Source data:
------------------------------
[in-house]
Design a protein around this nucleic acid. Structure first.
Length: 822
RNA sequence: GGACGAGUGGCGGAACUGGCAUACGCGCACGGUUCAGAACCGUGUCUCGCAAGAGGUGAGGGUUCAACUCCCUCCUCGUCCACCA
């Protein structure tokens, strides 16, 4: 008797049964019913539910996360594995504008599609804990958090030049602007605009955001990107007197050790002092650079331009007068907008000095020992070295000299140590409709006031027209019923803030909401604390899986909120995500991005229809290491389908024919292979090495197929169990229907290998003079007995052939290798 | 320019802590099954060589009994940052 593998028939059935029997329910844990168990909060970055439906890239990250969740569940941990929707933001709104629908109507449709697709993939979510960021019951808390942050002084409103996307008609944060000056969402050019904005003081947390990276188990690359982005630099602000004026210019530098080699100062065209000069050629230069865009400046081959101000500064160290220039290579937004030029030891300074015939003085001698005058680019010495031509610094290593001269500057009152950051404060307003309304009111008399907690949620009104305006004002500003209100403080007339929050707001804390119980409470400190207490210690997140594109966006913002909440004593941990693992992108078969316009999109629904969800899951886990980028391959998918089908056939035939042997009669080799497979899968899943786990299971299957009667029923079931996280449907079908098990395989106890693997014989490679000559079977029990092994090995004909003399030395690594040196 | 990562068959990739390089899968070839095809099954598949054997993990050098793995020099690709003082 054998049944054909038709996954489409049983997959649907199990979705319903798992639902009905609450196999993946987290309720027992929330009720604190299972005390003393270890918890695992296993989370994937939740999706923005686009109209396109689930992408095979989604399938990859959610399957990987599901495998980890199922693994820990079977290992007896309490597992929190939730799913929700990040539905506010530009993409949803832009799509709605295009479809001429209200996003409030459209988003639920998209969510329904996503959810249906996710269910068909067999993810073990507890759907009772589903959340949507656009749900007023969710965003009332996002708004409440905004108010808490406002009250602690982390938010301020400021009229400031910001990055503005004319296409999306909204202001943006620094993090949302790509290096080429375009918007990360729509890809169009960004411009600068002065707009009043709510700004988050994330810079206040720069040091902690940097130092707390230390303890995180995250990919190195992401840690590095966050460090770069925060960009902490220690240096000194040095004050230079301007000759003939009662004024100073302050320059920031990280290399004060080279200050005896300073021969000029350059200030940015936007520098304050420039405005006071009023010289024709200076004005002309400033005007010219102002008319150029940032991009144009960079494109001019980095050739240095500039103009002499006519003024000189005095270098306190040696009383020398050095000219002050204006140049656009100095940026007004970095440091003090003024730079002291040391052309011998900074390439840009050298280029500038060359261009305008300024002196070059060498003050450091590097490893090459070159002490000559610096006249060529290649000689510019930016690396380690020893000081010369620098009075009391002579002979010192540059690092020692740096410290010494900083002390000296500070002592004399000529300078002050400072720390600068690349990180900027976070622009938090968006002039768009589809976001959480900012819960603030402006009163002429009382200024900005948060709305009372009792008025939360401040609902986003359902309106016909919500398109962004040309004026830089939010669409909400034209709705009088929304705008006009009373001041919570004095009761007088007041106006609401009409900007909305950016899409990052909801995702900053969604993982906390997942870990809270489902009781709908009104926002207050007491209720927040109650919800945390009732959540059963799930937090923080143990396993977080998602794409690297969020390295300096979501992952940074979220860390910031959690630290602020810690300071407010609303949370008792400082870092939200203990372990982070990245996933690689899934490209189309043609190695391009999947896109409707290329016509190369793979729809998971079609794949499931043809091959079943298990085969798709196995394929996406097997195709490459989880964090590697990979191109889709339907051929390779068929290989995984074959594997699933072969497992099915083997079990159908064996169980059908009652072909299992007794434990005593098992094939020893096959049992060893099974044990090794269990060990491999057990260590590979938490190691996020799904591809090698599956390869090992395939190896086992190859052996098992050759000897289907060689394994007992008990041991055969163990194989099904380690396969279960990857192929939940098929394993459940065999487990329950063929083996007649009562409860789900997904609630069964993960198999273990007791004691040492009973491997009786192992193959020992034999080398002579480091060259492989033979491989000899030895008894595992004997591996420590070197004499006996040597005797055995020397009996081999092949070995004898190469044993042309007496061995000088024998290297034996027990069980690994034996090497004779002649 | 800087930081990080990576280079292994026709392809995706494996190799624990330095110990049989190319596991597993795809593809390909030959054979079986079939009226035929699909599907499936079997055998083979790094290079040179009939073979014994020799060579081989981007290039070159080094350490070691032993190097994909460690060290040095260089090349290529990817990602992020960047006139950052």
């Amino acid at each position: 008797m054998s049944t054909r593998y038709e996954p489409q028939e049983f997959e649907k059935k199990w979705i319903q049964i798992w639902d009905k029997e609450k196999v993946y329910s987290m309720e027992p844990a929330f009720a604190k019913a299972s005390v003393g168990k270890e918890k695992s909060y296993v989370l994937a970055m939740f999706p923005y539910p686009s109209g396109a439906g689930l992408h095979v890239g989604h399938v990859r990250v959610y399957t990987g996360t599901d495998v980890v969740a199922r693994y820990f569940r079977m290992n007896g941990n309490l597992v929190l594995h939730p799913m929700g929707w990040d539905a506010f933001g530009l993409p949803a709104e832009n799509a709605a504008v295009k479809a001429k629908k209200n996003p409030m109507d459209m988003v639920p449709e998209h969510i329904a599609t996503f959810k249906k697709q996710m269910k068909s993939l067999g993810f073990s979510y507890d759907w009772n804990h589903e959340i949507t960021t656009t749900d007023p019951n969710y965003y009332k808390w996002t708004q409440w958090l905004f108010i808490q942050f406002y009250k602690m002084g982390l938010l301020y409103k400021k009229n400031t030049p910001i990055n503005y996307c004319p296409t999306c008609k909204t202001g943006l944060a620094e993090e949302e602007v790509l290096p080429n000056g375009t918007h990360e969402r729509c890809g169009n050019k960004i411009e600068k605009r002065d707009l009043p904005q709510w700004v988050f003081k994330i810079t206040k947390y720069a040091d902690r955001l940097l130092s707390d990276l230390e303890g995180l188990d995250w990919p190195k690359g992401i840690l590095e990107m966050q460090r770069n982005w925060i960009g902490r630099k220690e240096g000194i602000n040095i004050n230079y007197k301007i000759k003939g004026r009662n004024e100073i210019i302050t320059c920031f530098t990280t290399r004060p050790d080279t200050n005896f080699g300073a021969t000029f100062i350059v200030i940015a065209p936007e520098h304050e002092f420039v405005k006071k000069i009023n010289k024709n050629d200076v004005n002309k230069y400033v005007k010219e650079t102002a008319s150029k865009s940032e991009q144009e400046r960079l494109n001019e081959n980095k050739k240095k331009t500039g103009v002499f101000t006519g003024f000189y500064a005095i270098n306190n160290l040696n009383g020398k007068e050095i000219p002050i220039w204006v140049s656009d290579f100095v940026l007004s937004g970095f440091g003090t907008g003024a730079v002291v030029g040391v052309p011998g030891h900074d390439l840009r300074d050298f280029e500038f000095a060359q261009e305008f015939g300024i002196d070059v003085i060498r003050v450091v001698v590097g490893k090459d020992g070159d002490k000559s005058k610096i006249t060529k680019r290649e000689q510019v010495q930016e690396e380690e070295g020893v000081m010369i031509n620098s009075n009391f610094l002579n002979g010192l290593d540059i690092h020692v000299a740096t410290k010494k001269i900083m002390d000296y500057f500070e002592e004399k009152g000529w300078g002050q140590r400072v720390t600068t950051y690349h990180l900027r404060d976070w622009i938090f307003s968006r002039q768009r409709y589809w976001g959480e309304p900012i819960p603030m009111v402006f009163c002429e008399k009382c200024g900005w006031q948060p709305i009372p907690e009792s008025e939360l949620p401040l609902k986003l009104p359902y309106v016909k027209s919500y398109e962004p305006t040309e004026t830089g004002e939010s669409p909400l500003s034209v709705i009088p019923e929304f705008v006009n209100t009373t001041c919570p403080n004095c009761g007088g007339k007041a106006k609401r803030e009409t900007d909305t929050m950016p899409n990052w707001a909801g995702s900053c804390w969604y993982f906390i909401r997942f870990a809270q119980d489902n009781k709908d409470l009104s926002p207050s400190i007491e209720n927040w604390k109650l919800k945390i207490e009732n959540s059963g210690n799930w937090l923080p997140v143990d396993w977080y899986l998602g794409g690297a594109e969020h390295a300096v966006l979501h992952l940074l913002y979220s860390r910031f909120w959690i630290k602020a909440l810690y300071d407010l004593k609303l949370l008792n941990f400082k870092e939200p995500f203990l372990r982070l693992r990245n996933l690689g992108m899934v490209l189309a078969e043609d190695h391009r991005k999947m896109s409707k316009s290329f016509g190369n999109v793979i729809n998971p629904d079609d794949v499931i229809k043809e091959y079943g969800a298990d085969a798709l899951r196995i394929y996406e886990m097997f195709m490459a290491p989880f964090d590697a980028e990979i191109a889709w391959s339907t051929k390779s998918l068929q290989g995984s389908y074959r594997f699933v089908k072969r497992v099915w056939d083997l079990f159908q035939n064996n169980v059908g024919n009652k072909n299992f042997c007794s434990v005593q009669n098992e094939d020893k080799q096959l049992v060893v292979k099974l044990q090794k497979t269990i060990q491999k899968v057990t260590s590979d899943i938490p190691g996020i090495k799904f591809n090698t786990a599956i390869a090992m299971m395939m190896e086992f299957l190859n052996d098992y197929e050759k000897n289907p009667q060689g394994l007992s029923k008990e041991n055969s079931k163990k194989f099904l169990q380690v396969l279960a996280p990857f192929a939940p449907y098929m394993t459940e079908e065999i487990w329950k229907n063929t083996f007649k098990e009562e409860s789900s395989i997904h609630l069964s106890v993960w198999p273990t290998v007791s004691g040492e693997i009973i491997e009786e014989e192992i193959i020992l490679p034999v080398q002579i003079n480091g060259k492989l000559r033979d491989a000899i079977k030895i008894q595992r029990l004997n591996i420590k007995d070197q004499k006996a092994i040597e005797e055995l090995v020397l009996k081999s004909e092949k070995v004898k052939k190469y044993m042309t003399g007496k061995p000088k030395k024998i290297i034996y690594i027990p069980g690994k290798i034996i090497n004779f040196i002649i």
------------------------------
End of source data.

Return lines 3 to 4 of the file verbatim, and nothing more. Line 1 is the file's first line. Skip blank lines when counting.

Length: 822
RNA sequence: GGACGAGUGGCGGAACUGGCAUACGCGCACGGUUCAGAACCGUGUCUCGCAAGAGGUGAGGGUUCAACUCCCUCCUCGUCCACCA